—His Holiness Bahá’u’lláh

Tablets of Bahá’u’lláh, pp:129-130

FROM THE CENTRE OF THE COVENANT ‘ABDU’L-BAHÁ:

Jinab-i-Mírzá Muḥammad-Quli

Jinab-i-Mírzá Muḥammad-Quli § was a loyal brother of the Blessed Beauty. This great man was known even from his childhood for nobility of soul. He was newly born when his distinguished father passed away, and thus it came about that from the beginning to the end of his days, he spent his life in the sheltering arms of Bahá’u’lláh. He was detached from every selfish thought, averse to every mention except to whatever concerned the Holy Cause. He was reared in Persia under the care of Bahá’u’lláh, and in Iraq as well, especially favored by Him. In the presence of Bahá’u’lláh, it was he who would pass around the tea; and he waited upon his Brother at all times, by day and night. He was always silent. He always held fast to the Covenant of “Am I not your Lord?” He was encompassed by loving-kindness and bounty; day and night he had access to the presence of Bahá’u’lláh; he was invariably patient and forbearing, until in the end he reached the very heights of Divine favor and acceptance.

§ Shoghi Effendi, God Passes By, p. 108

He kept always to his own way of being. He traveled in the company of Bahá’u’lláh; from Iraq to Constantinople he was with the convoy and at the halting-places it was his task to pitch the tents. He served with the greatest diligence, and did not know the meaning of lethargy or fatigue. In Constantinople as well, and later in the Land of Mystery, Adrianople, he continued on, in one and the same invariable condition.

With his peerless Lord, he then was exiled to the ‘Akká fortress, condemned by order of the Sultan to be imprisoned forever.§ But he accepted in the same spirit all that came his way — comfort and torment, hardship and respite, sickness and health; eloquently, he would return thanks to the Blessed Beauty for His bounties, uttering praise with a free heart and a face that shone like the sun. Each morning and evening he waited upon Bahá’u’lláh, delighting in and sustained by His presence; and mostly, he kept silent.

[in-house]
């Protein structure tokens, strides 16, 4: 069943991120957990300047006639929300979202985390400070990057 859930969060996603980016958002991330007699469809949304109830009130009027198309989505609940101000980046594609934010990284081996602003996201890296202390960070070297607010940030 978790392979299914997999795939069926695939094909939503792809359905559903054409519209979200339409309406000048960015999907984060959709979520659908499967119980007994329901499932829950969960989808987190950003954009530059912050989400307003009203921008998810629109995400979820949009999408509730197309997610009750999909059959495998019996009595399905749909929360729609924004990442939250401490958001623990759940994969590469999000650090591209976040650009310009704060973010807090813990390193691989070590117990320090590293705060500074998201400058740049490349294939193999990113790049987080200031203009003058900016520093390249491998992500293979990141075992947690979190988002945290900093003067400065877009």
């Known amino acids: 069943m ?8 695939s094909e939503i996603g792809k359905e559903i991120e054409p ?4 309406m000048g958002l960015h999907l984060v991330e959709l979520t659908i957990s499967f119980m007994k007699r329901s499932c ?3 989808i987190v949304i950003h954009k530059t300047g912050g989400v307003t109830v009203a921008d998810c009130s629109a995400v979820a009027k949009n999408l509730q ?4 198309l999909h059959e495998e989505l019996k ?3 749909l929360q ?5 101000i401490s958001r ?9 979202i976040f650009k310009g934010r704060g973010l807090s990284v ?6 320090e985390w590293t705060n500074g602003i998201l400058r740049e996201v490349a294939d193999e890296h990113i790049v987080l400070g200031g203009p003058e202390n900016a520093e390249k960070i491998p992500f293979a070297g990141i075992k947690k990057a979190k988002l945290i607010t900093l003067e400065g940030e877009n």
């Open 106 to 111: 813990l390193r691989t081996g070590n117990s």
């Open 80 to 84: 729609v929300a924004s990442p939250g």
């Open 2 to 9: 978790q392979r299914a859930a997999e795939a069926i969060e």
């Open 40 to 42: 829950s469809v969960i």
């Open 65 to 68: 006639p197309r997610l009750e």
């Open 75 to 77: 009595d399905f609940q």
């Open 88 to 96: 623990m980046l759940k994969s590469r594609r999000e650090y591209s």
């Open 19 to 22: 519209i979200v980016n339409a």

§Shoghi Effendi, God Passes By, pp. 186; 193; 196

When the Beloved of all mankind ascended to the Kingdom of Splendors, Mírzá Muḥammad-Quli remained firm in the Covenant, shunning the craft, the malice and hypocrisy which then appeared, devoting himself entirely to God, supplicating and praying. To those who would listen he gave wise advice; and he called to mind the days of the Blessed Beauty and grieved over the fact that he himself lived on. After the departure of Bahá’u’lláh, he did not draw an easeful breath; he kept company with no one, but stayed by himself most of the time, alone in his small refuge, burning with the fires of separation. Day by day he grew feebler, more helpless, until at the last he soared away to the world of God. Upon him be peace; upon him be praise and mercy, in the gardens of Heaven. His luminous grave is in Naqib, by Tiberias.

Memorials of the Faithful, pp: 71–72